In Colorado, there might be a perception that overtime is available for every worker. However, that is not the case. The type of work a person does and the industry they are in might leave them ineligible for various benefits such as overtime. Employees, their advocates and supporters will often try to change the law to help people in this situation. It is important to be aware of possible changes as they are being proposed or are in the process of being implemented. When employees need guidance with any employment-related issue, it is useful to have professional advice.
Farmworkers seek better overtime protection as new rules are unveiled
A law passed in 2021 granted agriculture workers in the state overtime rights. Even with that, the Colorado Department of Labor and Employment (CDLE) only recently presented its overtime rules. If they go into effect, they will start in November 2022. From then through the end of 2023, these workers would receive overtime if they work at least 60 hours in a week.
Starting in 2024 and through 2025, it would lower to 56 hours if it is a small employer and for those who work seasonally with 22 “peak” weeks of employment. For other employers, it will be 48 hours. Since the Latino community is so heavily represented in the agriculture industry, its leaders are asking for overtime pay to begin at 40 hours as it does with other jobs. In response to their request, regulatory agencies say that phasing in the new overtime laws is a sound strategy as the industry itself changes. It is also said to benefit employers.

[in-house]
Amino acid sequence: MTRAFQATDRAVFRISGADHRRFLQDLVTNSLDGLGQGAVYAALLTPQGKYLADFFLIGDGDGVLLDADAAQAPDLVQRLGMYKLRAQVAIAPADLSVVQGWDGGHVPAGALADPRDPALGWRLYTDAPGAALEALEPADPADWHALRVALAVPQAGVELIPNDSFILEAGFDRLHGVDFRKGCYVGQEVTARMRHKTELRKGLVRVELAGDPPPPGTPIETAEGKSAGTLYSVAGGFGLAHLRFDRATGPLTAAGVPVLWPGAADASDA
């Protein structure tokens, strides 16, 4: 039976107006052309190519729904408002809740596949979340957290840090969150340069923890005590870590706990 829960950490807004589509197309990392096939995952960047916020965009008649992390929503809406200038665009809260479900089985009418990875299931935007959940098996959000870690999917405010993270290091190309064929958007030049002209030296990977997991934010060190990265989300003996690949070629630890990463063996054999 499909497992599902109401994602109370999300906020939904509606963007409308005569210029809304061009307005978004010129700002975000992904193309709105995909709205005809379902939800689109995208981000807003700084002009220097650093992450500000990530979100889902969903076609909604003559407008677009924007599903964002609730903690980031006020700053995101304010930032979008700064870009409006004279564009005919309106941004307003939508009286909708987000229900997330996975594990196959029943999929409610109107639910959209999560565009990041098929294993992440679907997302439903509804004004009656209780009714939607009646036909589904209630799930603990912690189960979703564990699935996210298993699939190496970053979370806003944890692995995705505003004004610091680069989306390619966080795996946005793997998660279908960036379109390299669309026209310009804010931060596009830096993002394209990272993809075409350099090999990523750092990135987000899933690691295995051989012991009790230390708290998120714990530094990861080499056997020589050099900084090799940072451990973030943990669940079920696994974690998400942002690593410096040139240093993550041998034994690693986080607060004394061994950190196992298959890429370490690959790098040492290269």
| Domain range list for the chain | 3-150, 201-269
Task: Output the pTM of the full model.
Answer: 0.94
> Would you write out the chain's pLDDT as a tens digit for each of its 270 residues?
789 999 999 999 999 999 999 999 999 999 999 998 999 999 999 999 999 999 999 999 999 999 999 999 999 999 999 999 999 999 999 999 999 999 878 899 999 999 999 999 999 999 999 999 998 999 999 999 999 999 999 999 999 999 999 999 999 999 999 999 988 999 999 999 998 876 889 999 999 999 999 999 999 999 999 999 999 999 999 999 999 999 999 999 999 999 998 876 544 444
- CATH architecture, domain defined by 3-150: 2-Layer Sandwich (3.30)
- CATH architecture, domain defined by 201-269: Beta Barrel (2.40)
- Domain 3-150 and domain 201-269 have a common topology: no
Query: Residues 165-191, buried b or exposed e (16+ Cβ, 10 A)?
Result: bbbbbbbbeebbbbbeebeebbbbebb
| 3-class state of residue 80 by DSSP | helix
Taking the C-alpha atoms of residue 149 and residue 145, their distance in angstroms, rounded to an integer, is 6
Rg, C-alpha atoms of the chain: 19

Workers in all industries should know their rights to overtime
As this back and forth shows, overtime can be a confusing part of wage and hour laws. People either might not know they are entitled to overtime after a certain number of hours, could face misclassification or could find themselves deprived of the overtime they were legally supposed to receive. If this is suspected or there is blatant proof that it has happened, it is imperative to understand what steps are available to get the full salary the worker is entitled to, including overtime. Consulting with those who fully understand the law, changes that are coming and how to pursue a case is essential.